A steamy morning on the Limerick/Tipperary border, the Galty Mountains hiding their snow-streaked heads in mist, and a pale sun playing peek-a-boo beyond the clouds.
Jane and I had been meaning to tackle the Galtees from this southern side for some time, so when Michael Lewis, local historian and dedicated member of the Ballyhoura Bears walking club, offered to show us some of the secret glories of Galty Castle Wood, we knew the moment had come.
As we climbed the squelchy path up the edge of the wood under beech buds still closed fast against winter, Michael began to talk of local landlord Big George Kingston and his inexhaustible appetite for the high life.
"Big George's father died when he was young, and his mother held him off from his fortune for the next 30 years -- she was strange herself, more interested in her little lapdogs than her children by all accounts. Anyway, once Big George had inherited, there was no stopping him! He used Galty Castle as his hunting lodge, ran riot and basically beggared the whole family."
The castle and more than 100,000 acres had to be sold. The Buckley family who bought it all in the 1860s lived the cucumber sandwiches and tennis-party life for a couple of generations, until the land settlements saw the end of them. A local man bought the castle in the 1940s, couldn't afford to maintain it and knocked it down, the stone going to build the church at Glanworth a few miles south-west.
Michael's arm swept out across the handsome profiles of Knockeenatoung and Knocknagalty, out on our right as we went up through the emerald green light of the moss-choked wood. His finger traced out the patterns of hedged fields on the far side of the valley. "Those hedges would have been put in by the Kingstons from the mid-18th century onwards -- Big George's father Robert was a big agricultural improver.
"Once the newly arrived landlords got settled and felt a bit more comfortable in their own skins, so to say, they were all for improving their estates, generally speaking."
Michael gestured to the ragged peak of Knocknascraw. "There'd be booleying houses, kinds of summer farms, up there. They'd come down to Mitchelstown every now and then to market the butter they made and go to Mass. They'd have a house of rough old bog timber with a roof of scraws and a patch of potatoes. But then the landlord slapped on a tax of £3 a cow. The booley people couldn't afford that. So then..." Michael's hand eloquently indicated the abandoned farmsteads scattered across the slope of Knocknagalty.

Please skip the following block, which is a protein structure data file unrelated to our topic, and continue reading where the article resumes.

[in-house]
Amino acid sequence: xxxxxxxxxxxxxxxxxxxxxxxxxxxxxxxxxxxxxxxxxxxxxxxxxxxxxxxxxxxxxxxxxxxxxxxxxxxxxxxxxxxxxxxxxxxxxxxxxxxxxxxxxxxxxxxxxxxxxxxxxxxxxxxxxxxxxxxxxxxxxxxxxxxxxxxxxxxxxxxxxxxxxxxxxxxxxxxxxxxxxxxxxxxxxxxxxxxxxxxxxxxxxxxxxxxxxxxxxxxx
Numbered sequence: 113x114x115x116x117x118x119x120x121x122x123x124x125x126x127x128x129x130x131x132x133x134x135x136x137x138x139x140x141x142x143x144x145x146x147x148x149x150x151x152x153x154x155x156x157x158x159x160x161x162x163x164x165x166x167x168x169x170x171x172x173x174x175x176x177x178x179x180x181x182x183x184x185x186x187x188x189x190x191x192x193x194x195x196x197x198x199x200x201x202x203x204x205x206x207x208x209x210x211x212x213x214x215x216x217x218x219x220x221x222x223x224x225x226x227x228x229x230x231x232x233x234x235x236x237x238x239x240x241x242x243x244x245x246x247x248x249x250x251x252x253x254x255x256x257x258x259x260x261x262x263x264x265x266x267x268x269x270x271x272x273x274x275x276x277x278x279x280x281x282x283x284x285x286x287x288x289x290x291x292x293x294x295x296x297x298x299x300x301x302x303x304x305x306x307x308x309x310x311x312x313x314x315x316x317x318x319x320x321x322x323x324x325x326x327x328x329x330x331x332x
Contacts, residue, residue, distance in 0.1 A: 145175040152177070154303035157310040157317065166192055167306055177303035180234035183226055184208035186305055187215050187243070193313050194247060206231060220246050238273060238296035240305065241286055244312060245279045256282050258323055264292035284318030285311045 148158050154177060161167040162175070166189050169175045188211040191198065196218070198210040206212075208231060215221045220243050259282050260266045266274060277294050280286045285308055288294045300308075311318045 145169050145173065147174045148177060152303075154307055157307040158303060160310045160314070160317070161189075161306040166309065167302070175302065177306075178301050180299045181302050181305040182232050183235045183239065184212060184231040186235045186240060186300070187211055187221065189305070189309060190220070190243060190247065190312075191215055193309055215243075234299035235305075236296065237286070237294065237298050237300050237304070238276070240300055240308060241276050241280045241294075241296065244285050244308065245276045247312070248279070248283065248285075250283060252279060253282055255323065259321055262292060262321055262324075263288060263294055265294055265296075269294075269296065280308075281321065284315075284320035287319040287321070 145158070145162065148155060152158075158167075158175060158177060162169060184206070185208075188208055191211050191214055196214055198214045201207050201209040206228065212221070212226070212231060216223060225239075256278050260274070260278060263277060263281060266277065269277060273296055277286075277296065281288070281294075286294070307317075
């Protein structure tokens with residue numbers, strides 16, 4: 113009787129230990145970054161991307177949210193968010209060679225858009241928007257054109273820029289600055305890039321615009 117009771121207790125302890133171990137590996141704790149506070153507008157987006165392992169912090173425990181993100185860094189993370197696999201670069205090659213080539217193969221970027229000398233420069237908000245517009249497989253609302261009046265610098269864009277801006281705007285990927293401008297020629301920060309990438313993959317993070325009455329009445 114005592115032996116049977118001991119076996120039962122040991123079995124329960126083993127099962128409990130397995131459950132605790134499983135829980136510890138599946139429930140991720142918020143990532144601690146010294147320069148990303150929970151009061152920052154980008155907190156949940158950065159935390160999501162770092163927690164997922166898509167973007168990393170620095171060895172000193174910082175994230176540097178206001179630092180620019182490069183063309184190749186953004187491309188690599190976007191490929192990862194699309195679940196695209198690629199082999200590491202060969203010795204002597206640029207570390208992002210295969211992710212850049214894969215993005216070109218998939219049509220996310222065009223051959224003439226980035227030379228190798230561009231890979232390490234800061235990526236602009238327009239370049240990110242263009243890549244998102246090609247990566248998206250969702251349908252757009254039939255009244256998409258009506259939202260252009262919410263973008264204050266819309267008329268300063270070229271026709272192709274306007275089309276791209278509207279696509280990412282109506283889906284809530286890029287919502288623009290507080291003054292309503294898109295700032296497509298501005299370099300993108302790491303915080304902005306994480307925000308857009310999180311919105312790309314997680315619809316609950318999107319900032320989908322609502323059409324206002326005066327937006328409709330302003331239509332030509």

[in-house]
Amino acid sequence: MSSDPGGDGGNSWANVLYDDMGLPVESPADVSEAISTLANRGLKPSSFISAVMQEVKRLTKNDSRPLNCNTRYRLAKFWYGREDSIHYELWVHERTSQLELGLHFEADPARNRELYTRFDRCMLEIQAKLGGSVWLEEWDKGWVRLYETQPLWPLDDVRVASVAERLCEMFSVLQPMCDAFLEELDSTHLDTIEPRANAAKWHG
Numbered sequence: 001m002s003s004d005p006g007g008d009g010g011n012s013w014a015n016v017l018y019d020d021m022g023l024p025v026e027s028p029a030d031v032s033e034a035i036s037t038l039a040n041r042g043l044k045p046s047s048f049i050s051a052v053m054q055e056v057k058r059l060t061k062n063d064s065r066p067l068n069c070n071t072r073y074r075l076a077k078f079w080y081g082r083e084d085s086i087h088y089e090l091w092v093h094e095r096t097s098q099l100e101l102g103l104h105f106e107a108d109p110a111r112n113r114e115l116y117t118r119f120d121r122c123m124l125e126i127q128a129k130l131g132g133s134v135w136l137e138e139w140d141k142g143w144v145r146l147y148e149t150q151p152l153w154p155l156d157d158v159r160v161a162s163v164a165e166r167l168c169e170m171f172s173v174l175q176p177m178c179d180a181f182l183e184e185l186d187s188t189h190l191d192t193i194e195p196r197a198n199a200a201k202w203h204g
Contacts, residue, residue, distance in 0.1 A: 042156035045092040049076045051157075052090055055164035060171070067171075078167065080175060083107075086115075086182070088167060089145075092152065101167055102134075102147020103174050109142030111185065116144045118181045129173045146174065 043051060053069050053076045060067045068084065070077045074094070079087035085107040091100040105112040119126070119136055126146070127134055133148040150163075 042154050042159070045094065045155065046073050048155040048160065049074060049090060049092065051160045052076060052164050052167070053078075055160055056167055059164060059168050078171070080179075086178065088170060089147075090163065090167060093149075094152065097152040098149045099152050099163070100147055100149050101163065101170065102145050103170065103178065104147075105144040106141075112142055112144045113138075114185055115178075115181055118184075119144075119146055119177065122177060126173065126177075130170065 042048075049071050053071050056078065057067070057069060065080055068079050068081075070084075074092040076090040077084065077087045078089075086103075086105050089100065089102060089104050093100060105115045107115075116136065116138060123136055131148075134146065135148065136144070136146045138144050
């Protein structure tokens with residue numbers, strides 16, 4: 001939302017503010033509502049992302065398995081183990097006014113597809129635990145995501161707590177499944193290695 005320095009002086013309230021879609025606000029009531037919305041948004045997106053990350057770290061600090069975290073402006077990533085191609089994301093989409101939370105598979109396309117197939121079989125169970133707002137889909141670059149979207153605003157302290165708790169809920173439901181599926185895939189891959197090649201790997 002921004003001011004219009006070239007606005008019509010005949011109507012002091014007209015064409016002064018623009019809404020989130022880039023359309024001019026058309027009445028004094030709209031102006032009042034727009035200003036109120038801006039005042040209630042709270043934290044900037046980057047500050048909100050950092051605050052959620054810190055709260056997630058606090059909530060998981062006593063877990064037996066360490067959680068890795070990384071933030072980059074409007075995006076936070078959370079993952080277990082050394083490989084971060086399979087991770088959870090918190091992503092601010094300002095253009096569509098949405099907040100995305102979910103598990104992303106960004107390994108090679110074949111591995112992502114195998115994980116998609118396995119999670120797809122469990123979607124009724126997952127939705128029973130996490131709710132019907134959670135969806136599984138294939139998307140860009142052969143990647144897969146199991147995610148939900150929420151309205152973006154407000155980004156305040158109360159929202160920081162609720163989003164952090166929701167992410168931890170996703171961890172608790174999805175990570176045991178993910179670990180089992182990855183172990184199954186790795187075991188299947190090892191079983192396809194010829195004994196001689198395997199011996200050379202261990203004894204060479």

The hand-to-mouth herdsmen of those hard times would nod in approval if they could see the ingenious diversification that today's Galty farmers operate in order to make a living.
At King's Yard, a mountain farm in a cleft of the Attychraan River that looks up to Carrigeen and Knocknagalty, Bridget and Stephen Ryan have developed a walkers' car park, a camping ground, a snack place, showers and all the other facilities that walkers and climbers in the Galtees need. It's a brilliant use of space and location.
We had a cup of tea and a yarn with Bridget, then went down along the noisily chattering river in its pebbly bed of many colours -- a damp, dank hollow in the hills, rich in feathery ferns and liverworts like glistening, multiform green tongues.
As we turned up the homeward path, Michael pointed out a patch of scrub held in by a mossy retaining wall. "That was the lawn where the Buckleys played tennis, with a wonderful rockery framing it -- all smothered and gone now."
I perched myself in the little scoop-backed grotto called Kingston's Seat and gazed out over the lawn to the site of the vanished castle, thinking of the Buckleys serving and rallying, munching crustless sandwiches and sipping tea between sets in the rockery, secure in a world that couldn't have been more remote from their tenants just up the mountain and over the hill.